David Warner continued his career-best form to push South Africa to the precipice of their first Test series loss in five years.
Warner gave the tourists the upper hand on day one of the series decider in Cape Town with a sparkling century, and on Tuesday hammered 92no to lift Australia to a 387-run lead at lunch on day four of the Test series decider.
Quick runs were in demand as Michael Clarke mulled the best time to declare against the side that famously frustrated him for roughly four and a half sessions en route to a draw in Adelaide 16 months ago.
Warner did not disappoint as Australia piled on 153 runs in the session to boast a total of 1-180 at the meal break.
Warner resumed on 25 and for the first hour was at his destructive best, before the run-out of Chris Rogers for 39 and deteriorating old ball slowed the run-rate.
The ease with which he scored despite hamstrung Dale Steyn’s return to the attack will give Clarke some concerns, with the Proteas promising to scrap for a draw in Graeme Smith’s farewell to international cricket.
“We’re a very proud nation and it’s very important for us not to lose this series,” said Faf du Plessis, who batted for almost eight hours to secure a draw on Test debut at Adelaide Oval.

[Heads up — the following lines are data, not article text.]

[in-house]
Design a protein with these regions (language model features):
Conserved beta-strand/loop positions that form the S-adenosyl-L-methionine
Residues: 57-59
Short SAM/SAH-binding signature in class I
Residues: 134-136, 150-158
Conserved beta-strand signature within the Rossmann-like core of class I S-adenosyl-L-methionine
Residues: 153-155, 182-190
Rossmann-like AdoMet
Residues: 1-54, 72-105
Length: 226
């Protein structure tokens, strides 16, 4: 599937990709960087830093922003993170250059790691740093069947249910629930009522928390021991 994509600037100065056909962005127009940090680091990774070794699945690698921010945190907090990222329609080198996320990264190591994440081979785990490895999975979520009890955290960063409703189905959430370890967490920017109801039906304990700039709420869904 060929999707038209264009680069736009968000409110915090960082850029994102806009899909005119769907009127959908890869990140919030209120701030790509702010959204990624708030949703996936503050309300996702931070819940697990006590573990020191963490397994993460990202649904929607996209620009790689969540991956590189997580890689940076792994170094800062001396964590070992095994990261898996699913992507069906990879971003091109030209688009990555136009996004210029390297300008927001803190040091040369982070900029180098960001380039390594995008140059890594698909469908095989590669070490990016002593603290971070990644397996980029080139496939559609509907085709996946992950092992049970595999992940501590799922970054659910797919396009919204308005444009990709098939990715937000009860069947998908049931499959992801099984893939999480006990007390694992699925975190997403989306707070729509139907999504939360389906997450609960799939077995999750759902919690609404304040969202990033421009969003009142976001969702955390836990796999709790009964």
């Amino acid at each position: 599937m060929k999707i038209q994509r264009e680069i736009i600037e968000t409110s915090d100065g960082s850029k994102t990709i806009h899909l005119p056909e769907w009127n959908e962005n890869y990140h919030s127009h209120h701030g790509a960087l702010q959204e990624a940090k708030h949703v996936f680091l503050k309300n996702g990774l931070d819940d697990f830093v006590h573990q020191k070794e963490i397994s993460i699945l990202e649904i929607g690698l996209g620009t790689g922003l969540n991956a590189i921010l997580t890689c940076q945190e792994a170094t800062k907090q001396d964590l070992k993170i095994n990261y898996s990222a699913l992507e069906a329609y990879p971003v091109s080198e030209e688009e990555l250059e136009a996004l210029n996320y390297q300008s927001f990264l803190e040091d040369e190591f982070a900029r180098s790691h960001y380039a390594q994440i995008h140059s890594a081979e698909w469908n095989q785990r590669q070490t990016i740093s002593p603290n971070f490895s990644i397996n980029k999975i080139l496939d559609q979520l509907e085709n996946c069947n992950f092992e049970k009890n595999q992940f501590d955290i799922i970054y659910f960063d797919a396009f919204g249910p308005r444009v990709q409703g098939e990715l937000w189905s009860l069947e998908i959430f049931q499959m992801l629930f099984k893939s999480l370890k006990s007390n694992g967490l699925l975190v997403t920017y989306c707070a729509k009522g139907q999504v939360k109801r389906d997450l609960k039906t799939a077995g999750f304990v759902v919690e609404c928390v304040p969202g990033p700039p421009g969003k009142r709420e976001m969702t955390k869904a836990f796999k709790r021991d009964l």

“We have done it a few times now (batted four almost five session to secure a draw), we did it against India (three months ago) as well.
“So we will still be comfortable to bat out time.”
But James Pattinson broke down in the first innings of the 2012 Test in Adelaide and Shane Watson wasn’t in the XI.
This time Australia’s attack is both fitter and better, with Nathan Lyon a far more accomplished offspinner.
Ryan Harris and Mitchell Johnson captured a combined seven wickets in the first innings and are in fantastic form, leaving their side well placed to record its greatest achievement under Clarke’s captaincy.
Warner and Alex Doolan (36 not out) were both more cautious after Rogers’ dismissal, but a declaration was nonetheless imminent in the second session.
Smith suggested pre-match it was “just sad” that “rent a quote” Warner had taken the gloss off his side’s win in the second Test by questioning the legality of wicketkeeper AB de Villiers’ treatment of the ball.
How unpalatable must Smith have found it in his 117th and final Test as the belligerent opener looked poised to become the first Australian to score two tons in a Test since Phillip Hughes in Durban five years ago.
Hughes’ two knocks were largely responsible for the defeat that triggered the Proteas’ most recent Test series loss.
The hosts have much work to do if they’re to stop history repeating.